## What is the MANRS Measurement Framework?

To measure MANRS readiness for a particular network a set of metrics has been proposed, one for each action. For example, to measure to what degree Filtering (Action 1) is implemented we will measure the number of routing incidents where the network was implicated either as a culprit or an accomplice and their duration. That will produce a number – an indication of the degree of compliance, or a MANRS readiness index (MR-index) for Action1 for a specified period of time.

The measurements are passive, which means that they do not require cooperation for a measured network. That allows us to measure the MR-indices not only for the members of the MANRS initiative, but for all networks in the Internet (at the moment more than 60,000).

### Calculation of Metrics and Data sources

#### Consolidation of Multiple Events

In the current model, only routing incidents related to the network in question and adjacent networks are taken into account.

Non-action is penalized. The longer the incident takes place, the heavier it is rated. For example, the following coefficients are used:

< 30min    = 0.5

< 24hour  = 1

> 24hour  = +1 for each subsequent 24-hour period

Also, multiple routing changes may be part of the same configuration mistake. For this reason, events related to the same metric that share the same time span are merged into an incident. This is shown in Figure 1.

Figure 1. Routing changes, or events (in pink), may be part of the same incident (violet). In this case an operator experienced three incidents with a duration of 29 minutes, 13 hours, and 25 hours respectively. The resulting metric will be M=0.5 + 1 + 2 = 3.5

Based on this approach, for each of the MANRS actions, we can devise a composite MR-index and define thresholds for acceptable, tolerable and unacceptable – informing the members of their security posture related to MANRS.

A summary table of the metrics is provided below. A lower value indicates a higher grade of MANRS readiness.

### Metric Normalization and MANRS readiness scores(MRS)

Metrics M1, M1C, M2, M2C, M3, M3C, M4, M4C and M5 do not have an upper limit (e.g.there may be arbitrary many incidents) and, therefore, it is necessary to normalize these values. We use the following function to normalize these metrics and calculate the MANRS readiness scores(MRS) of a metric M: M_SCORE=𝑀𝑅𝑆(𝑀) = 𝑒−𝛼𝑀𝑛.

The function depends on two parameters, 𝛼 and 𝑛, both set by default to 0.5. We offer a predefined function, which can be called with zero to two interpolation points. This function calculates the parameters 𝛼and 𝑛according to the following logic:

• If no interpolation points are given, the default values are used.
• If one interpolation point (𝑥1,𝑦1)is given, 𝛼is calculated such that 𝑓(𝑥1)=𝑦1. Restrictions: 𝑥1>0,0<𝑦1<1.< /li>
• If two interpolation points (𝑥1,𝑦1),(𝑥2,𝑦2)are given, 𝛼and 𝑛are calculated –if possible –such that 𝑓(𝑥1)=𝑦1,𝑓(𝑥2)=𝑦2. Same restrictions as above, additionally 𝑥1≠𝑥2,𝑦1≠𝑦2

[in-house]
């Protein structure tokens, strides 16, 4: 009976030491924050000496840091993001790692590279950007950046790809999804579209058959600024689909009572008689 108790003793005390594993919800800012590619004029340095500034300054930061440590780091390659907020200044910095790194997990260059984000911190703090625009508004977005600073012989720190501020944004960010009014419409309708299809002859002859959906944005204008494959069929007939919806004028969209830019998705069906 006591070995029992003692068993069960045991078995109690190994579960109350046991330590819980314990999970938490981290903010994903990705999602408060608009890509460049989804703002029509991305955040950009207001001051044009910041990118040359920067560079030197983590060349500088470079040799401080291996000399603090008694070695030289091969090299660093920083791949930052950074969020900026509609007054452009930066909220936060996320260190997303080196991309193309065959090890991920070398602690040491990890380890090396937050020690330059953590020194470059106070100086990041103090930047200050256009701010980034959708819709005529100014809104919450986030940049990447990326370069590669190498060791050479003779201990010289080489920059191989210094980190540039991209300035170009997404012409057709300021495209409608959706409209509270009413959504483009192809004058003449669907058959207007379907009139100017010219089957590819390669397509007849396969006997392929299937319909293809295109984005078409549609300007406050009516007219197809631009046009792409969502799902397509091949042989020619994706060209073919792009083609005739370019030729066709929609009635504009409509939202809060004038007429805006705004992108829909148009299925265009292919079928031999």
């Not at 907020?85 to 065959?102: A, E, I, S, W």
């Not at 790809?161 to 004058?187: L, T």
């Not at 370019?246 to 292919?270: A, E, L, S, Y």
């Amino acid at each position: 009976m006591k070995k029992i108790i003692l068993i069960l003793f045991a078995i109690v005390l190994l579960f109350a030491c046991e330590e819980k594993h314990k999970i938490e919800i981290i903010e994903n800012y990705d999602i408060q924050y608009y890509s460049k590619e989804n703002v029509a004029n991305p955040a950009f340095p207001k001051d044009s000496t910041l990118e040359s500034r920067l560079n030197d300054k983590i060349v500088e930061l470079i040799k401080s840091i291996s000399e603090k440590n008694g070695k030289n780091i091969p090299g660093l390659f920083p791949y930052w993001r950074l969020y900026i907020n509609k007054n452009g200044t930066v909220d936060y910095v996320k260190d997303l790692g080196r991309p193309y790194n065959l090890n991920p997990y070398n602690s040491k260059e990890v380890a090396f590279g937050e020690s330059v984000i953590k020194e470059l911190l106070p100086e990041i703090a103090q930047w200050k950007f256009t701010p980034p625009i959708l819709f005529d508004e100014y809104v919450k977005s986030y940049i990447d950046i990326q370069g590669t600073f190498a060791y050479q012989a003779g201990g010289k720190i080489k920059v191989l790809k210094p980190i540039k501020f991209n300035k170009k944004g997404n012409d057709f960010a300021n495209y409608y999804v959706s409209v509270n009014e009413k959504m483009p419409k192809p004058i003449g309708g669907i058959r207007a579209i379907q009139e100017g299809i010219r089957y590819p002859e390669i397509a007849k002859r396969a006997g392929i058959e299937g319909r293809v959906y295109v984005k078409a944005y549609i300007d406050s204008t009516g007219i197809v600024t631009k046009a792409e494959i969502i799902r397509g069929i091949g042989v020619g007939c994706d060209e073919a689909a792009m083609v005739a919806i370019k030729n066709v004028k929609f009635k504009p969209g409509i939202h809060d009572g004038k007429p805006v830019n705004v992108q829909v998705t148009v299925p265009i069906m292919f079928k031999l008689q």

MRS(M) = eaMn

Figure 2 Normalizing an arbitrary value of a metric into 0 – 1 range. Blue, Amber and Red bars depict level of MANRS Readiness (Ready, Aspiring and Lagging).

For metrics M7IRR, M7RPKI, M7RPKIN and M8 the score is calculated as 1-M. For example, for M7IRR=0.9 (90% of the prefixes are not registered), the M7IRR_SCORE=1-0.9=0.1 (10% of all prefixes are registered).

### Current configuration

The current configuration uses a function calculating the complement of a given percentage values and the proposed function with interpolation. The interpolation points were chosen in the way described in the following paragraphs. For the normalization with the proposed function, the boundaries for “normalized ready” was set to 80% (0.8), for “normalized aspiring” to 60% (0.6).

### Filtering

For filtering the MANRS readiness score is defined as an average of corresponding scores for metrics M1, M1C, M2, M2C, M3, M3C, M4, M4C.

MRS_Filtering=(M1_SCORE+M1C_SCORE+M2_SCORE+M2C_SCORE+M3_SCORE+M3C_SCORE+M4_SCORE+M4C_SCORE)/8

The absolute values define the readiness as follows:

• 1.5−5: Aspiring
• ≥5: Lagging

The interpolation values are chosen in the way described above, that is, the two interpolation points were chosen to be [1.5, 0.8] and [5, 0.6].

#### Anti-spoofing

MRS_Anti-Spoofing=M5_SCORE

The idea is the same as filtering, only are the boundaries different:

• 0.5: Aspiring
• 1: Lagging

As the proposed functions already runs through [0, 1] by construction, only one interpolation point needs to be defined, i.e. we chose [0.5, 0.6].

#### Coordination

MRS_Coordination=M8_SCORE

Since coordination is delivered as 0/1-value, it is reasonable to see them as percentages. In this case 0 represents the fact, that contact information is present and 1 that no contact information is present. For Coordination, the absolute values define the readiness as follows:

• 1: Lagging

We mapped the boundaries for the normalized values accordingly:

• 0: Lagging

#### Routing Information (IRR, RPKI)

Same mapping/concept as for coordination, as the values delivered are already percentages.

MRS_Global_Validation_IRR=M7IRR_SCORE

Since for RPKI we need to take into account not only properly registered prefixes, but also the ones that are invalidated by a ROA (suggesting that the ROA is incorrect), the calculation is slightly different:

MRS_Global_Validation_RPKI=max (0;M7RPKI_SCORE-10*M7RPKIN_SCORE)

For routing information, the absolute values define the readiness as follows: